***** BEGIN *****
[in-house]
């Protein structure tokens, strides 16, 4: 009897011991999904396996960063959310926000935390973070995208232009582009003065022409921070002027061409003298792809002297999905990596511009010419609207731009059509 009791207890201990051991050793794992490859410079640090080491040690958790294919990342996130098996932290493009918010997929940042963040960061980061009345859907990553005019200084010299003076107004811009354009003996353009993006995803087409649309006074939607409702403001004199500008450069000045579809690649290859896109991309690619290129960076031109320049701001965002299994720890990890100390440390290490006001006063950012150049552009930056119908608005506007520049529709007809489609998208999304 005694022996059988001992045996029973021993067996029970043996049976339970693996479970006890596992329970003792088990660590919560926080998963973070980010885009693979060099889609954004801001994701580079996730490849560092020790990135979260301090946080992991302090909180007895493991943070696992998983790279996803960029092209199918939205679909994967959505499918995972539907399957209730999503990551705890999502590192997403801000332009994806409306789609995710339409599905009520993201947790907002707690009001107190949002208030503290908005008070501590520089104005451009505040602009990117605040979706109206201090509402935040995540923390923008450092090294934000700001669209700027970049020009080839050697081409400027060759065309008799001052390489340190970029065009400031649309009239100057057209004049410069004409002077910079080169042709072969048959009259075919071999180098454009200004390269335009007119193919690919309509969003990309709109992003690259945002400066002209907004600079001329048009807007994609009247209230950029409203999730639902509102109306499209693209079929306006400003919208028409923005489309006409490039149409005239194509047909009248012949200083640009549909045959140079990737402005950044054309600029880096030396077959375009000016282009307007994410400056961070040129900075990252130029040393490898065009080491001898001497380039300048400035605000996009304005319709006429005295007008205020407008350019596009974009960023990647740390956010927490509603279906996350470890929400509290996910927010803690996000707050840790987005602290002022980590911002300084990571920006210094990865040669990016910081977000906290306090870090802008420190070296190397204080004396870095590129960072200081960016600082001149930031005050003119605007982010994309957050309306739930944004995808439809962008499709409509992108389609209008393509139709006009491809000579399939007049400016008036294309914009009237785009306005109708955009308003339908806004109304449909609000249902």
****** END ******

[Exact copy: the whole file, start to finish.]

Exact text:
[in-house]
């Protein structure tokens, strides 16, 4: 009897011991999904396996960063959310926000935390973070995208232009582009003065022409921070002027061409003298792809002297999905990596511009010419609207731009059509 009791207890201990051991050793794992490859410079640090080491040690958790294919990342996130098996932290493009918010997929940042963040960061980061009345859907990553005019200084010299003076107004811009354009003996353009993006995803087409649309006074939607409702403001004199500008450069000045579809690649290859896109991309690619290129960076031109320049701001965002299994720890990890100390440390290490006001006063950012150049552009930056119908608005506007520049529709007809489609998208999304 005694022996059988001992045996029973021993067996029970043996049976339970693996479970006890596992329970003792088990660590919560926080998963973070980010885009693979060099889609954004801001994701580079996730490849560092020790990135979260301090946080992991302090909180007895493991943070696992998983790279996803960029092209199918939205679909994967959505499918995972539907399957209730999503990551705890999502590192997403801000332009994806409306789609995710339409599905009520993201947790907002707690009001107190949002208030503290908005008070501590520089104005451009505040602009990117605040979706109206201090509402935040995540923390923008450092090294934000700001669209700027970049020009080839050697081409400027060759065309008799001052390489340190970029065009400031649309009239100057057209004049410069004409002077910079080169042709072969048959009259075919071999180098454009200004390269335009007119193919690919309509969003990309709109992003690259945002400066002209907004600079001329048009807007994609009247209230950029409203999730639902509102109306499209693209079929306006400003919208028409923005489309006409490039149409005239194509047909009248012949200083640009549909045959140079990737402005950044054309600029880096030396077959375009000016282009307007994410400056961070040129900075990252130029040393490898065009080491001898001497380039300048400035605000996009304005319709006429005295007008205020407008350019596009974009960023990647740390956010927490509603279906996350470890929400509290996910927010803690996000707050840790987005602290002022980590911002300084990571920006210094990865040669990016910081977000906290306090870090802008420190070296190397204080004396870095590129960072200081960016600082001149930031005050003119605007982010994309957050309306739930944004995808439809962008499709409509992108389609209008393509139709006009491809000579399939007049400016008036294309914009009237785009306005109708955009308003339908806004109304449909609000249902």